Monday, 10 October 2011
October Horror 2011 - Chapter #3
The horror is just gonna keep on comin'!
The Caller (2011 - Matthew Parkhill) - For a film about which I had heard absolutely nothing and which was given to me by a friend (Thanks Dave!) with the following description "It wasn't terrible...", The Caller was a very happy surprise. There are plot holes a mile wide (similar to time travel paradoxes, the story would be hard pressed not to have a few incongruous moments) and some scenes that frustrate due to the main character's poor decisions (ie. if she just did what any logical person would do, the story would have petered out), but director Matthew Parkhill injects the ever-wonderful DREAD into the movie by using great framing of his character (she appears behind bars numerous times over the course of the film) and using a very solid sound field that doesn't fall back to the same old obvious tricks. A very nice lead performance by Rachelle Lefevre rounds out this tale of a recently separated woman (with an awful ex) who answers a call in her new apartment from a stranger living 30 years in the past. As their relationship builds and deteriorates, the calls become more threatening since the past can reach out and change the future. One of the better straight to video releases I've seen in some time.
Apt Pupil (1998 - Bryan Singer) - Singer's follow-up to "The Usual Suspects" was a bit of an odd choice - a story of a high school student who, after becoming fascinated with the Holocaust in school, finds a Nazi war criminal hiding out in his own town. In exchange for hearing the Nazi officer talk about his horrible acts in the prison camps, the teenager promises to keep his years long secret safe. It gradually shifts towards a battle for control between the two and becomes an interesting look at how some people can be capable of almost anything especially when their own self-interests are in peril and their backs are up against a wall. The descriptions of the war crimes committed are indeed horrifying and truly unnerving, but basing your horror movie around these inhumane acts is a strange concept. However, as it moves away from these straight recollections, it becomes a tense battle between the teenager (Brad Renfro) and war criminal (Ian McKellen - fabulous as always). Though it stumbles a bit trying to wedge in all the closing plot points (and adds in a few more ridiculous coincidences), it still remains an effective thriller with great shot choices from Singer - from the get-go you know you are in the hands of someone who knows what to do with a camera. Its horror is certainly far beyond any monster or nighttime ghostly vision...
Phantom Of The Paradise (1974 - Brian De Palma) - De Palma's rock musical variation on Phantom Of The Opera always struck me as being a bit too goofy to really be considered a horror film. Turns out I was right, but it doesn't mean it's not fantastically fun. I'm not likely to run out and buy the soundtrack tomorrow, but the songs are actually pretty memorable and fit the within-the-film musical. Said stage production is being put on by famed record producer Swan (played by Paul Williams) after having stolen all its music from a piano player named Winslow who auditioned for him. After being framed by Swan and sent to jail, Winslow escapes, tries to stop Swan releasing his music and becomes horribly disfigured in a record pressing plant. Swan chooses a young singer (played by Jessica Harper who would go on to appear in "Suspiria") and convinces Winslow (now with a mask to hide his scarred face) to finish the musical for her. Buried below the stage of the Paradise theatre, the "phantom" works long and hard to finish the music for his new muse, but Swan has new plans for everyone. As you might expect, it doesn't quite end smoothly. The set designs and De Palma's camera angles are the real stars here and it makes for a goofy but very entertaining take on the classic horror tale. And the last 15-20 minutes or so are deliriously nuts.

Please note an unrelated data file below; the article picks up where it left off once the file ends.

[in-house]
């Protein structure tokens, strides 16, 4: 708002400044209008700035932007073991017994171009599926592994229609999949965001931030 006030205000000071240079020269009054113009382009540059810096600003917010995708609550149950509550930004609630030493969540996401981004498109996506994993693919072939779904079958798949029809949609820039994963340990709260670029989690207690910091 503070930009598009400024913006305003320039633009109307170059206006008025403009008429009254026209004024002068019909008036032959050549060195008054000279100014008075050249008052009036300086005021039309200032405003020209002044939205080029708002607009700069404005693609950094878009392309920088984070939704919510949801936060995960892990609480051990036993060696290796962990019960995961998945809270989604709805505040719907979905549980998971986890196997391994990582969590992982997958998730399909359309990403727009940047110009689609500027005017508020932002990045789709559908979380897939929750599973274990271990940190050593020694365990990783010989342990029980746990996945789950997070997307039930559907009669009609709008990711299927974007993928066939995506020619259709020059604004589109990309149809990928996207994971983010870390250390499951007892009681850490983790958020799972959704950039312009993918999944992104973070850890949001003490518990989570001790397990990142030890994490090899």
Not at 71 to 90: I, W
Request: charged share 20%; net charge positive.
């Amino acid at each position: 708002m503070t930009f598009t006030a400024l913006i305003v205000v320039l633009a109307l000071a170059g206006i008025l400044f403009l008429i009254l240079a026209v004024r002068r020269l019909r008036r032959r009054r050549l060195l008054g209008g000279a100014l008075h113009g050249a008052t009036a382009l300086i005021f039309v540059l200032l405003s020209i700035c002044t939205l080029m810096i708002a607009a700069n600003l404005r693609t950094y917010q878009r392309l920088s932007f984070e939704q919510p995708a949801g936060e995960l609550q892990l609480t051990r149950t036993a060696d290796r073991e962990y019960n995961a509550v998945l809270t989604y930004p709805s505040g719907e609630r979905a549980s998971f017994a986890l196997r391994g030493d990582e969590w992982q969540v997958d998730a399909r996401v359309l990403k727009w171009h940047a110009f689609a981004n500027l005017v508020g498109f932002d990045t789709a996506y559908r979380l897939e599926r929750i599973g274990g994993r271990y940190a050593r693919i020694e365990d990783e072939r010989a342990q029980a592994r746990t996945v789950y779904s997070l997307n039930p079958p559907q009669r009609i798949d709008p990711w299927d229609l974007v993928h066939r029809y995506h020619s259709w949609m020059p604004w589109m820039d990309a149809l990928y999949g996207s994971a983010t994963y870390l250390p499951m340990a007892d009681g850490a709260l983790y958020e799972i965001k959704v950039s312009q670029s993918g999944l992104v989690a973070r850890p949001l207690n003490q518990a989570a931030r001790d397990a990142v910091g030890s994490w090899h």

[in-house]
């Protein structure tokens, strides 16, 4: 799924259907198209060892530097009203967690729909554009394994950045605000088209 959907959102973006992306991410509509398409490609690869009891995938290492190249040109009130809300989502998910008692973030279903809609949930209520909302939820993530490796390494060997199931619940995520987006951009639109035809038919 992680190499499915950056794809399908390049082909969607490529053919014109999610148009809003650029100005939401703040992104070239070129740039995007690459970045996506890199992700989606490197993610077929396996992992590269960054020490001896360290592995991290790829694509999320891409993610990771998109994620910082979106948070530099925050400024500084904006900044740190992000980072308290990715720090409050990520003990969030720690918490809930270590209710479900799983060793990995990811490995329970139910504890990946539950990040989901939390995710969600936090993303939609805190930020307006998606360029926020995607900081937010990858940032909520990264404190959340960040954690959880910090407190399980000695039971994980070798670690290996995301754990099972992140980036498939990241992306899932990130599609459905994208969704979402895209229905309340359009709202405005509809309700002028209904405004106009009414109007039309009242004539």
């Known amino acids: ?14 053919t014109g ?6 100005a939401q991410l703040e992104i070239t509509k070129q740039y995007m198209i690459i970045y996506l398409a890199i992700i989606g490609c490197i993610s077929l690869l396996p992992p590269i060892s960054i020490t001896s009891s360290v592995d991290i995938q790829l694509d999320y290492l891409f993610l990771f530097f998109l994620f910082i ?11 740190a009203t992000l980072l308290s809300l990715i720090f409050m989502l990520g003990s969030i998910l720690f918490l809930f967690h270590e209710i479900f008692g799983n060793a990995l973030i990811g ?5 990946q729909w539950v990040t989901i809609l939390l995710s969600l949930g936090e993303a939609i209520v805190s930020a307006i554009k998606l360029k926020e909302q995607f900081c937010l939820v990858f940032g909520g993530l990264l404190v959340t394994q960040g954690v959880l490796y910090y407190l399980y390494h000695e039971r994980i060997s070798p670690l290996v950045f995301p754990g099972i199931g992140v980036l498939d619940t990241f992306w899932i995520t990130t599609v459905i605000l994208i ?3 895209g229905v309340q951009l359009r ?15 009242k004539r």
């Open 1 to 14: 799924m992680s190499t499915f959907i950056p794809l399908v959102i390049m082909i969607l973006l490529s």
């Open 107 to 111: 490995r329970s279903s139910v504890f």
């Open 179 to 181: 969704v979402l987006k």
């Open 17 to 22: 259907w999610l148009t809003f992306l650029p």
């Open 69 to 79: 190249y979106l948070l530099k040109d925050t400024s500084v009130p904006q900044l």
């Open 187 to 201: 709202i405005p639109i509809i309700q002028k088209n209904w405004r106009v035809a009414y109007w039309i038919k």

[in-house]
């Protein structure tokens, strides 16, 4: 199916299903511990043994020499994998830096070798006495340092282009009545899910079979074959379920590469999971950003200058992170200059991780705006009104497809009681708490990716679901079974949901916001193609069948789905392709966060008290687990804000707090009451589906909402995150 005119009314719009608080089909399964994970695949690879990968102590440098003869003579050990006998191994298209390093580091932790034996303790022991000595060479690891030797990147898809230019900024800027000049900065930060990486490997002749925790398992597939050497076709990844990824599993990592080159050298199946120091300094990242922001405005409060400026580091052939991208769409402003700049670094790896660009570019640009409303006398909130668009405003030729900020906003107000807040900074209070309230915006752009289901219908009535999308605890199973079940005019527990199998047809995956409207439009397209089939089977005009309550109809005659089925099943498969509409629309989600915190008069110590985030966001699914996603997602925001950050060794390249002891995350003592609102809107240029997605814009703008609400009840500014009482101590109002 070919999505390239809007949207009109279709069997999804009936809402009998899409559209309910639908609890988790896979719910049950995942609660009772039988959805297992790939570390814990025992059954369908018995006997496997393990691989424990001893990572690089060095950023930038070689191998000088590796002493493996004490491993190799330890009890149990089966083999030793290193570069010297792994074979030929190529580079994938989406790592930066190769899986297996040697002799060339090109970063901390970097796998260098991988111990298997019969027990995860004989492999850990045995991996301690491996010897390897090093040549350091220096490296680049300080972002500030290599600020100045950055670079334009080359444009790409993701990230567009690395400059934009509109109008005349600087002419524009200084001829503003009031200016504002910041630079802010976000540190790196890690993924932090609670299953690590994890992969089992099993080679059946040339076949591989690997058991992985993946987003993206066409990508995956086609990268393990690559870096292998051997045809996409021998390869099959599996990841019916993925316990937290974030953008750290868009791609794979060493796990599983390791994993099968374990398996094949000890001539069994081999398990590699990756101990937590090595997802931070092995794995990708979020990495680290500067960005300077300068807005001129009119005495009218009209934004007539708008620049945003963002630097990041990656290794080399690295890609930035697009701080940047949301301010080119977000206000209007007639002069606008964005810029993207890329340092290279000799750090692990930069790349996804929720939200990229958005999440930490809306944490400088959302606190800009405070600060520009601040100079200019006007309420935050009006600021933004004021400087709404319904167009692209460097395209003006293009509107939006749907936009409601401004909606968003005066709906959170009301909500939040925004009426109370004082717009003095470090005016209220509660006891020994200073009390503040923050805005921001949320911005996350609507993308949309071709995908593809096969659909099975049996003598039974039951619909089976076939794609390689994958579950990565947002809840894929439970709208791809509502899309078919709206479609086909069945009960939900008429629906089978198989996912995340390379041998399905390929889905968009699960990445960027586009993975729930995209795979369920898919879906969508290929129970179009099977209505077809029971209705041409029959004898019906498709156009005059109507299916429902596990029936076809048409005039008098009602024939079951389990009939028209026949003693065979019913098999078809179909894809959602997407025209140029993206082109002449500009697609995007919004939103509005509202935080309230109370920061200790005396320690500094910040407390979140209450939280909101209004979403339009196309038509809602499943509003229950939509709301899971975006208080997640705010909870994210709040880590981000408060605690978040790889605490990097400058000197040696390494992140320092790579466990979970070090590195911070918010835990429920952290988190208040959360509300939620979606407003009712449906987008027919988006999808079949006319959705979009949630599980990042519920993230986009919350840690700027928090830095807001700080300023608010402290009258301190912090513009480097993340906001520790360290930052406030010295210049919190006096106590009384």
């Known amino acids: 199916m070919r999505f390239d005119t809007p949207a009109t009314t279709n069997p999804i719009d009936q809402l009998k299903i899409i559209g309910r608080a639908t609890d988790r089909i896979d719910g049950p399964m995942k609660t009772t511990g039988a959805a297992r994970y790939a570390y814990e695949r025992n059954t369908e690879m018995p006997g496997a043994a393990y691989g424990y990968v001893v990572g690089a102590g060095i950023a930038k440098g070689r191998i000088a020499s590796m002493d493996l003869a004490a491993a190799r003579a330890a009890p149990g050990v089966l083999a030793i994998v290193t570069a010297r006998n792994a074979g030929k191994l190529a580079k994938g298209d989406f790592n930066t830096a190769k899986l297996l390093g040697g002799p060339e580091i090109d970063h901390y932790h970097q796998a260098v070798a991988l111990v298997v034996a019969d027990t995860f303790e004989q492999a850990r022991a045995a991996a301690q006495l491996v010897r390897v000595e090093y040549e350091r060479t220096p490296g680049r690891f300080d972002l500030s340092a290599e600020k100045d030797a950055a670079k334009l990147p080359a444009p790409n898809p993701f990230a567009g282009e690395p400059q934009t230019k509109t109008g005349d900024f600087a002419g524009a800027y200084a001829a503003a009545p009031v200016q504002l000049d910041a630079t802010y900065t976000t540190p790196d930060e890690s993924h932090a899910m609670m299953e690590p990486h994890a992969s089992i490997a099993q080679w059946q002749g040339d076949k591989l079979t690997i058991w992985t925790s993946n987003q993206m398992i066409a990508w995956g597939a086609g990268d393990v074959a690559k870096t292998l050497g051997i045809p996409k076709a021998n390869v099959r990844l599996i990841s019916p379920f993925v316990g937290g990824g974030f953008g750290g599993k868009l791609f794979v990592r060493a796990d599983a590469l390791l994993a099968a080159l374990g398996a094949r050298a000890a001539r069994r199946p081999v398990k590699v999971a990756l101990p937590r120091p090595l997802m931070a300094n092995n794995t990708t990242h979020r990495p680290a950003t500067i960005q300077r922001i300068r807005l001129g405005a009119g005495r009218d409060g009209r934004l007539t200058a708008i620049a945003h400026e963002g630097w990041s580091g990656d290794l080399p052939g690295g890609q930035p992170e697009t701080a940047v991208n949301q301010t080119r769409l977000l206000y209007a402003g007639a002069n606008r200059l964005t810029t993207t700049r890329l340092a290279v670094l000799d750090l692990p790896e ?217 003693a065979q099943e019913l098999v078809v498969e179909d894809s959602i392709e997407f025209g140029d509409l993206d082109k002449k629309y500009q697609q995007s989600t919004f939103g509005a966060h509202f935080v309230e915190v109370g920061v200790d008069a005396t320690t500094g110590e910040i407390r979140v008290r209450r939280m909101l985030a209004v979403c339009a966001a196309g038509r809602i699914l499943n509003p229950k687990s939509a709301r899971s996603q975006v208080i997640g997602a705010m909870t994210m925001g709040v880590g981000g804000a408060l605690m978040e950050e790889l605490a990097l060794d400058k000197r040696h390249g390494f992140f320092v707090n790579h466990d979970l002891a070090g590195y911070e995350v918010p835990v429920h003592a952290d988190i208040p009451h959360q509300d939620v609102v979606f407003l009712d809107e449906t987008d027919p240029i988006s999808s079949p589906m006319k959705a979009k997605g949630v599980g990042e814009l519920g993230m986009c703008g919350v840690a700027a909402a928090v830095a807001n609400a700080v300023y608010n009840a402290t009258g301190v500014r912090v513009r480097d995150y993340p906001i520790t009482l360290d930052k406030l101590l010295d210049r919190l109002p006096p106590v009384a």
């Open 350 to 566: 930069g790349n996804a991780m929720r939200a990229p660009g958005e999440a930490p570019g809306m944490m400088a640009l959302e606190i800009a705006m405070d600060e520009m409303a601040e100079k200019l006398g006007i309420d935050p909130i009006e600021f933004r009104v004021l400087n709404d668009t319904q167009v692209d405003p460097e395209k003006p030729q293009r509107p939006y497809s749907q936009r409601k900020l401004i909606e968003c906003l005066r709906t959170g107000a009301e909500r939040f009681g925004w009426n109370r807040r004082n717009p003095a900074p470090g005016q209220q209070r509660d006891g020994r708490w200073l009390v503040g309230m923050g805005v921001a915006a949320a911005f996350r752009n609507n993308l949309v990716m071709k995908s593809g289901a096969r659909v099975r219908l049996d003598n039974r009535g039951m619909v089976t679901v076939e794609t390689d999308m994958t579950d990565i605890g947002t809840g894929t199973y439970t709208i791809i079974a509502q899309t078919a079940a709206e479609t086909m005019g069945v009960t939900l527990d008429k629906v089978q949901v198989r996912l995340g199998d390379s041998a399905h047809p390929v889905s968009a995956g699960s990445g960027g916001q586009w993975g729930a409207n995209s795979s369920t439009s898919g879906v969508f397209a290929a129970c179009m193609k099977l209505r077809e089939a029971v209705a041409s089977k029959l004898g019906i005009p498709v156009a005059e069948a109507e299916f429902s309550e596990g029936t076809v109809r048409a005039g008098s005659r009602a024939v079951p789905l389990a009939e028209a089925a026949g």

Event Horizon (1997 - Paul W.S. Anderson) - It's not that I wasn't enjoying this almost 15 year-old space horror, but by the half hour mark I felt I could just stop the film and write the review. Great atmosphere, fine build-ups while searching the abandoned ship, false scares, cardboard characters, stock dialogue, lazy and mostly pointless CGI - the good stuff is good, but why-oh-why do they have to be so lazy with the rest? A fine example of this lazy thinking is the little bits of CGI refuse that rattle around the abandoned ship in weightlessness - the crew have already mentioned several times how the temperature in the long abandoned ship is a deep freeze and yet one of the items that floats by is a full water bottle complete with sloshing sounds of its contents. Picky? Sure, but it goes to show the attitude in the creation of the film. However, the first hour certainly doesn't waste a lot of time as it delivers a great vibe, never gets boring, provides a solid amount of creep and even the unwarranted jump scares are kind of fun. However, the last half hour pretty much spirals out of control in trying to literally show the private hells of some of the crew and what lies beyond the gateway the ship has opened. It's a mess and loses all the tension of the first hour. A shame.